Droid X Proves a Hit: Sold Out
Product mentioned in this article
Motorola Droid X
Motorola Droid X shines at multimedia playback, network performance, and features; but the interface can occasionally be sluggish.
The Motorola Droid X launched Thursday and is already sold out, exceeding Verizon's demand expectations. The carrier had said that there would be no Droid X shortage, but the initial online stock of the hot Android smartphone is now exhausted, with the next shipping date pushed back to July 23. Many Verizon Wireless retail stores and Best Buys around the U.S. are reporting low or no stock.
The Droid X is this summer's flagship Google Android phone, selling for $200, after a $100 online discount on Verizon's site. It has a roomy 4.3-inch display, an 8-megapixel camera with dual LED flash, and runs on a 1GHz processor with Android 2.1 on board.
If you still want to get a Droid X, it appears some Verizon stores across the country still have limited numbers of the device, but you won't be able to get the instant $100 discount. Instead, you will have to get the $100 mail-in rebate.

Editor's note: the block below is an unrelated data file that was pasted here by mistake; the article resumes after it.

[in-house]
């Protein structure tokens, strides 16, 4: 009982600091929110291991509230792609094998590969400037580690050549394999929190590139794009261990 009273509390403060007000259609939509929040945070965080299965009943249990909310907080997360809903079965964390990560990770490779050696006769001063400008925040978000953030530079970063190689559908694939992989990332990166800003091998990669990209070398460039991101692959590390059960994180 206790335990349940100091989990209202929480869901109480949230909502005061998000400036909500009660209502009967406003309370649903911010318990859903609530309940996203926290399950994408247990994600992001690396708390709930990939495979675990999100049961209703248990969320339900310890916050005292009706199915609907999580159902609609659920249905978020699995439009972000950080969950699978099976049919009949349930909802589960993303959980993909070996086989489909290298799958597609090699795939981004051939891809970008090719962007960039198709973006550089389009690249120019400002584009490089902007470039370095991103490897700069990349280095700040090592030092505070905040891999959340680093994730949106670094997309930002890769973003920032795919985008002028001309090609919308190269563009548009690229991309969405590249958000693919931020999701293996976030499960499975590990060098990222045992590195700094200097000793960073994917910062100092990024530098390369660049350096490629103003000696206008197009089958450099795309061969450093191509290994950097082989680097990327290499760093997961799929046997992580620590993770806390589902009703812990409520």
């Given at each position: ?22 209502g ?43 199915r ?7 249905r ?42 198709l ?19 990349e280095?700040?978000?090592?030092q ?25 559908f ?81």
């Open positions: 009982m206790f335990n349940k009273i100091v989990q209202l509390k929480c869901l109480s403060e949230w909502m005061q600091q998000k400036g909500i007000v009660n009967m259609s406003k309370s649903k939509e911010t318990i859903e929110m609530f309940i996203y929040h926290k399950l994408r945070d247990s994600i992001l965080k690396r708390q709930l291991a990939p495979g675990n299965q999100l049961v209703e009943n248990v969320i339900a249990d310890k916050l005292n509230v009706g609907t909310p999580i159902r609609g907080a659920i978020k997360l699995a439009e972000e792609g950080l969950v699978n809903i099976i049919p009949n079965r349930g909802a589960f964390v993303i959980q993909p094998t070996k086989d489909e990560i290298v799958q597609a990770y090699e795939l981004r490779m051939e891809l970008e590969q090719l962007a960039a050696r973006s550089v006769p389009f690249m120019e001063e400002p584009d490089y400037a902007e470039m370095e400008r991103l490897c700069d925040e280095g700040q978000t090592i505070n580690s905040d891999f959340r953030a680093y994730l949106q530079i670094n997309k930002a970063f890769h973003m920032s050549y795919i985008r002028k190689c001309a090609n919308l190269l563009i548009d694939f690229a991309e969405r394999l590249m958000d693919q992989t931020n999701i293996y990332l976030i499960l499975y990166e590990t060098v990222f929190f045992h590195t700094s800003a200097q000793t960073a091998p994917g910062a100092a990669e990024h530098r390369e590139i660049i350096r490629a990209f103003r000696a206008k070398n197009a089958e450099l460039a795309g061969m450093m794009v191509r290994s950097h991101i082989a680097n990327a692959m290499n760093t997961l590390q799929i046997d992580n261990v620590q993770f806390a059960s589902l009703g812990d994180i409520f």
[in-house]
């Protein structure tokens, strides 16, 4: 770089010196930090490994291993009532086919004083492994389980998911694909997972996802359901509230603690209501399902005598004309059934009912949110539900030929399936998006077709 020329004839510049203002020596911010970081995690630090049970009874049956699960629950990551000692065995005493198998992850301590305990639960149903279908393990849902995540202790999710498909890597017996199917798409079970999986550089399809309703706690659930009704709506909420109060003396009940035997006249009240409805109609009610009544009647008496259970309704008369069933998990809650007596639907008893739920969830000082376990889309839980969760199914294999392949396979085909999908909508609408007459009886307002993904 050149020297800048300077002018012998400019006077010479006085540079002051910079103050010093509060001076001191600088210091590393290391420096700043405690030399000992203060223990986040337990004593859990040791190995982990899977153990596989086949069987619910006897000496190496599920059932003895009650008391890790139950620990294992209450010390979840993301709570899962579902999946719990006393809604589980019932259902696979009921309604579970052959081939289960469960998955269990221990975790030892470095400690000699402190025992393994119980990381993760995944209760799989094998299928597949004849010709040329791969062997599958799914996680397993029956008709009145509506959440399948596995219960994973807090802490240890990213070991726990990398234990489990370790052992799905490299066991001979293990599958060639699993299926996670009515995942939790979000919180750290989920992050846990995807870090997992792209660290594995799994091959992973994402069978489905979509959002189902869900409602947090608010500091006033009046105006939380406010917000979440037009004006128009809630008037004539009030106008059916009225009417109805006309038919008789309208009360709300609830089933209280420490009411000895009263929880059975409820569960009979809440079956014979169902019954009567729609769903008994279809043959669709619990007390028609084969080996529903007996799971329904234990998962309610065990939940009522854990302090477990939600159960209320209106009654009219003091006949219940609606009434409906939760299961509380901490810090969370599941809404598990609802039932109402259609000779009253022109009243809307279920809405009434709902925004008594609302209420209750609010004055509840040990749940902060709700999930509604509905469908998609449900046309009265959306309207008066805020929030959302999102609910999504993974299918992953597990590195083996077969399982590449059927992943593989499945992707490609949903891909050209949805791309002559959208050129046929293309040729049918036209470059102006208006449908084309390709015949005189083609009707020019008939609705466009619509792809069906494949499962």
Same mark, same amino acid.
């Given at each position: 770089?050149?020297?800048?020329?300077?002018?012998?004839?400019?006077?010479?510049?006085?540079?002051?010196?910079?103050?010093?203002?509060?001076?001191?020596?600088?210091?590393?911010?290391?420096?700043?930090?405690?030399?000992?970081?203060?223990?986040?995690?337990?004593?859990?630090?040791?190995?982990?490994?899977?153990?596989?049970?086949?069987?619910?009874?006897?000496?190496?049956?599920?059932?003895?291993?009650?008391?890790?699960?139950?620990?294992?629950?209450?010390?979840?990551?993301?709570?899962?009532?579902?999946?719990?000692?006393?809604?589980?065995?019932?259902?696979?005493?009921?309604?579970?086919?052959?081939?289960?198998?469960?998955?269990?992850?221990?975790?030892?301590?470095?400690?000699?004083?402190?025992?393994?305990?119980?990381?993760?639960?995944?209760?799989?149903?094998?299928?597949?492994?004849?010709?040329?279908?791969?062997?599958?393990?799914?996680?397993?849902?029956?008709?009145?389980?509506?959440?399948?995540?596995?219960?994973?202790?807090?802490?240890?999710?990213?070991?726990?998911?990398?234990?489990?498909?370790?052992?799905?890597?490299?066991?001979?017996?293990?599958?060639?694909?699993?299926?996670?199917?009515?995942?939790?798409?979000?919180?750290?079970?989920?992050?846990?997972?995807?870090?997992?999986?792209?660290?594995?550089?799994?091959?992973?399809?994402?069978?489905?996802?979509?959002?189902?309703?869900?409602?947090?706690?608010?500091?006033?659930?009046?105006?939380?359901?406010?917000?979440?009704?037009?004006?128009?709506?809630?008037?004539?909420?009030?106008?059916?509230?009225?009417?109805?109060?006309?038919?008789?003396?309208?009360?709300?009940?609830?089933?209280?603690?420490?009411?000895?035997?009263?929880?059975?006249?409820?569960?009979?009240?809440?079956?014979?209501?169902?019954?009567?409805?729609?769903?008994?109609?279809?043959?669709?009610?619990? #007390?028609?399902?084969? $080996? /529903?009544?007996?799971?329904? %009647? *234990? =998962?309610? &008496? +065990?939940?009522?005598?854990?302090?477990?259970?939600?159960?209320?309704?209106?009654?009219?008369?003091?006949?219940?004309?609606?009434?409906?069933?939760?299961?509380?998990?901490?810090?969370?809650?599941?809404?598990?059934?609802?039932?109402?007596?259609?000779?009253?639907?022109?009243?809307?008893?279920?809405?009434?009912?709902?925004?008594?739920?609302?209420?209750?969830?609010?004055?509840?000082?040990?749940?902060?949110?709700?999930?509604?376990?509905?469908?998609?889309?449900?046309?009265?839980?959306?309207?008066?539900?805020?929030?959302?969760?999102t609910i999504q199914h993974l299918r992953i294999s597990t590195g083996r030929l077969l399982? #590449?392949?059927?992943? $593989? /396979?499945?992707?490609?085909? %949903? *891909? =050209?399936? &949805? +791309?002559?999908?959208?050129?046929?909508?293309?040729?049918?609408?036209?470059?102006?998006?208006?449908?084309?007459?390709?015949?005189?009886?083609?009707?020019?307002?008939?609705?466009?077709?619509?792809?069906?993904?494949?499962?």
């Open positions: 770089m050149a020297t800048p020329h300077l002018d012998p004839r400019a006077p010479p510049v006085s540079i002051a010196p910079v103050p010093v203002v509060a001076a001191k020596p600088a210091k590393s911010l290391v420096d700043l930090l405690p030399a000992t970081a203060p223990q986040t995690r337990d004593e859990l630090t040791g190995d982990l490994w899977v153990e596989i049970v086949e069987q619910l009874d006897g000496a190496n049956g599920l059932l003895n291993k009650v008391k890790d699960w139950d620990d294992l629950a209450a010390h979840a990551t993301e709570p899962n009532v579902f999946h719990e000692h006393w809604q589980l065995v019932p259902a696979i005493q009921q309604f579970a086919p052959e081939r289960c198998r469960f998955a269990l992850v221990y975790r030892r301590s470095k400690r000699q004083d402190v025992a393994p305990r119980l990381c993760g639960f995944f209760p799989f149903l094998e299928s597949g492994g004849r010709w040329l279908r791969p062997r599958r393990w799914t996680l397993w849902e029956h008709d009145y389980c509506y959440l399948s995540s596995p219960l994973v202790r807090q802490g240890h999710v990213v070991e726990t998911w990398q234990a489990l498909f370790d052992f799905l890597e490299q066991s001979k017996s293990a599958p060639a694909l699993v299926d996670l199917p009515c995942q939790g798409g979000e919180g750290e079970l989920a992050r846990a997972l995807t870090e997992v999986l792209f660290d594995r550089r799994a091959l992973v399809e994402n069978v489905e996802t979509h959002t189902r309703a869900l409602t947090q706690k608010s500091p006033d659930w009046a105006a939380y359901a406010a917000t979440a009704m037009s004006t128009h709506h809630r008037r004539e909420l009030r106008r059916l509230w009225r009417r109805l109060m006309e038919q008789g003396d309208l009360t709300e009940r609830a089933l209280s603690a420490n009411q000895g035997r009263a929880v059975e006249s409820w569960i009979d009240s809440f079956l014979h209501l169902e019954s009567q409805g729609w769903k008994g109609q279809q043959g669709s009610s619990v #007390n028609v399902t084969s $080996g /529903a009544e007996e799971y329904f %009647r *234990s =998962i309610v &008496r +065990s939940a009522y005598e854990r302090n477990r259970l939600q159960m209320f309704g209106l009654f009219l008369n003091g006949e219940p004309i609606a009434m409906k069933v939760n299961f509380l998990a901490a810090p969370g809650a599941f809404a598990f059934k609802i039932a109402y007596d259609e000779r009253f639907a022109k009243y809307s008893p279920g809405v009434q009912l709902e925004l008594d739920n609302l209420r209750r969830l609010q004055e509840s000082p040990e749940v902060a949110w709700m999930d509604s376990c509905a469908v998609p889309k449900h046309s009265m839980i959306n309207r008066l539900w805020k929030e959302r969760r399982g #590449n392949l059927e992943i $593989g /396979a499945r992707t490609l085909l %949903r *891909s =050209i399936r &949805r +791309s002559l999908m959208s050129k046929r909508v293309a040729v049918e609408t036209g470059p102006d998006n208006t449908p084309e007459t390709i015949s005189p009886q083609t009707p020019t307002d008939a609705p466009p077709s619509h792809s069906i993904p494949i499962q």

Anti-Hack and Brick Warnings
Reports surfaced on Thursday warning enterprising Droid X users that the phone could be rendered useless if rooted, due to an encrypted bootloader installed on the device. Basically, if you try to hack the device and install Android 2.2 by yourself (Motorola says it will roll out the update later this summer), then you might end up with a bricked phone.
The Droid X has a chip inside also known as eFuse, which verifies if you are using the correct software shipped with the devices, or approved by the manufacturer. If the check fails, the phone is rendered useless.
However, Boy Genius Report said that the problem might not be as dire as initially reported, as more experienced hackers will be able to work around the protection mechanism. All-in-all though, by using this technology, Motorola doesn't want you to tinker with the phone's software, at least not very easily.
Did iPhone Problems Help Droid X?
Apple's flash iPhone 4 has been plagued with a flurry of negative reports regarding the "death grip" -- a phenomenon happening when you hold the phone in a certain way.
For the last few weeks, this issue has been topping the headlines, giving the Droid X an opportunity to shine. Motorola took advantage of the iPhone 4 troubles, and even published an ad in the New York Times mocking Apple's device.
It is yet to be seen how many devices Motorola and Verizon sold in the first few days, so all bets are on whether the Droid X will manage to sell more than the iPhone 4's 1.7 million magic number.